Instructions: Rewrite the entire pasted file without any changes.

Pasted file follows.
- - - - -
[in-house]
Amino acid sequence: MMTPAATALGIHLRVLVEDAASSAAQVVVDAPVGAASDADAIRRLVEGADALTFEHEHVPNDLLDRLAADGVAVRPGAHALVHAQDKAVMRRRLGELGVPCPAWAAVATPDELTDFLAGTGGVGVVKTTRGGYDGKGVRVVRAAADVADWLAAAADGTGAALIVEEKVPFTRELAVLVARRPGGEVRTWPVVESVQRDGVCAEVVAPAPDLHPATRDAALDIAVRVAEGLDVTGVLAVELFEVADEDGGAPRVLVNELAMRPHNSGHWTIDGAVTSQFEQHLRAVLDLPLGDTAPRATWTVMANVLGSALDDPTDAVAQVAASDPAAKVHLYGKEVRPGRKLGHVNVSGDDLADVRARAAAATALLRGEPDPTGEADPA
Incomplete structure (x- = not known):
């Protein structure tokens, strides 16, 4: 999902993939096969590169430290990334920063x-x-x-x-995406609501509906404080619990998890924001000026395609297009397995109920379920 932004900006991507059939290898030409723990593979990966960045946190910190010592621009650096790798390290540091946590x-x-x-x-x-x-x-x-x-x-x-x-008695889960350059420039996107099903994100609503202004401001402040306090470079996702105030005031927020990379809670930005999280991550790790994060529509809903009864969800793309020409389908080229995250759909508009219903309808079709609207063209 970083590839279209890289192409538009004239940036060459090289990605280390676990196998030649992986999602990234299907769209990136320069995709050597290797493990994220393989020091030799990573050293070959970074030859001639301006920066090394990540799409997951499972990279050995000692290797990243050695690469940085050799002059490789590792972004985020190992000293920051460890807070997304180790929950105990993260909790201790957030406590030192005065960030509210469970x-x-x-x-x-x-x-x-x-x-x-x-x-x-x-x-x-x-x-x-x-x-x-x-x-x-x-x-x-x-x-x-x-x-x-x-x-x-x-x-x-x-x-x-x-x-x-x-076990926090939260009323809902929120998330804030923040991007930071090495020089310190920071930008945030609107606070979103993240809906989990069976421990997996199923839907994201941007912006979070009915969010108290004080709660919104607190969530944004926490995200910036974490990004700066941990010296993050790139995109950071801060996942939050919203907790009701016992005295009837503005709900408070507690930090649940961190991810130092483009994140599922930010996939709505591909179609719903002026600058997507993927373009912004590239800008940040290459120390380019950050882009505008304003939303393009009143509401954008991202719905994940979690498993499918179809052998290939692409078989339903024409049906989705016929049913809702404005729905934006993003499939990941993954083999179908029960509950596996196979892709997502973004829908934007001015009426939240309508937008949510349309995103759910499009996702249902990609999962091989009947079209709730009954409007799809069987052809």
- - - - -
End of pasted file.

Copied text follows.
[in-house]
Amino acid sequence: MMTPAATALGIHLRVLVEDAASSAAQVVVDAPVGAASDADAIRRLVEGADALTFEHEHVPNDLLDRLAADGVAVRPGAHALVHAQDKAVMRRRLGELGVPCPAWAAVATPDELTDFLAGTGGVGVVKTTRGGYDGKGVRVVRAAADVADWLAAAADGTGAALIVEEKVPFTRELAVLVARRPGGEVRTWPVVESVQRDGVCAEVVAPAPDLHPATRDAALDIAVRVAEGLDVTGVLAVELFEVADEDGGAPRVLVNELAMRPHNSGHWTIDGAVTSQFEQHLRAVLDLPLGDTAPRATWTVMANVLGSALDDPTDAVAQVAASDPAAKVHLYGKEVRPGRKLGHVNVSGDDLADVRARAAAATALLRGEPDPTGEADPA
Incomplete structure (x- = not known):
């Protein structure tokens, strides 16, 4: 999902993939096969590169430290990334920063x-x-x-x-995406609501509906404080619990998890924001000026395609297009397995109920379920 932004900006991507059939290898030409723990593979990966960045946190910190010592621009650096790798390290540091946590x-x-x-x-x-x-x-x-x-x-x-x-008695889960350059420039996107099903994100609503202004401001402040306090470079996702105030005031927020990379809670930005999280991550790790994060529509809903009864969800793309020409389908080229995250759909508009219903309808079709609207063209 970083590839279209890289192409538009004239940036060459090289990605280390676990196998030649992986999602990234299907769209990136320069995709050597290797493990994220393989020091030799990573050293070959970074030859001639301006920066090394990540799409997951499972990279050995000692290797990243050695690469940085050799002059490789590792972004985020190992000293920051460890807070997304180790929950105990993260909790201790957030406590030192005065960030509210469970x-x-x-x-x-x-x-x-x-x-x-x-x-x-x-x-x-x-x-x-x-x-x-x-x-x-x-x-x-x-x-x-x-x-x-x-x-x-x-x-x-x-x-x-x-x-x-x-076990926090939260009323809902929120998330804030923040991007930071090495020089310190920071930008945030609107606070979103993240809906989990069976421990997996199923839907994201941007912006979070009915969010108290004080709660919104607190969530944004926490995200910036974490990004700066941990010296993050790139995109950071801060996942939050919203907790009701016992005295009837503005709900408070507690930090649940961190991810130092483009994140599922930010996939709505591909179609719903002026600058997507993927373009912004590239800008940040290459120390380019950050882009505008304003939303393009009143509401954008991202719905994940979690498993499918179809052998290939692409078989339903024409049906989705016929049913809702404005729905934006993003499939990941993954083999179908029960509950596996196979892709997502973004829908934007001015009426939240309508937008949510349309995103759910499009996702249902990609999962091989009947079209709730009954409007799809069987052809």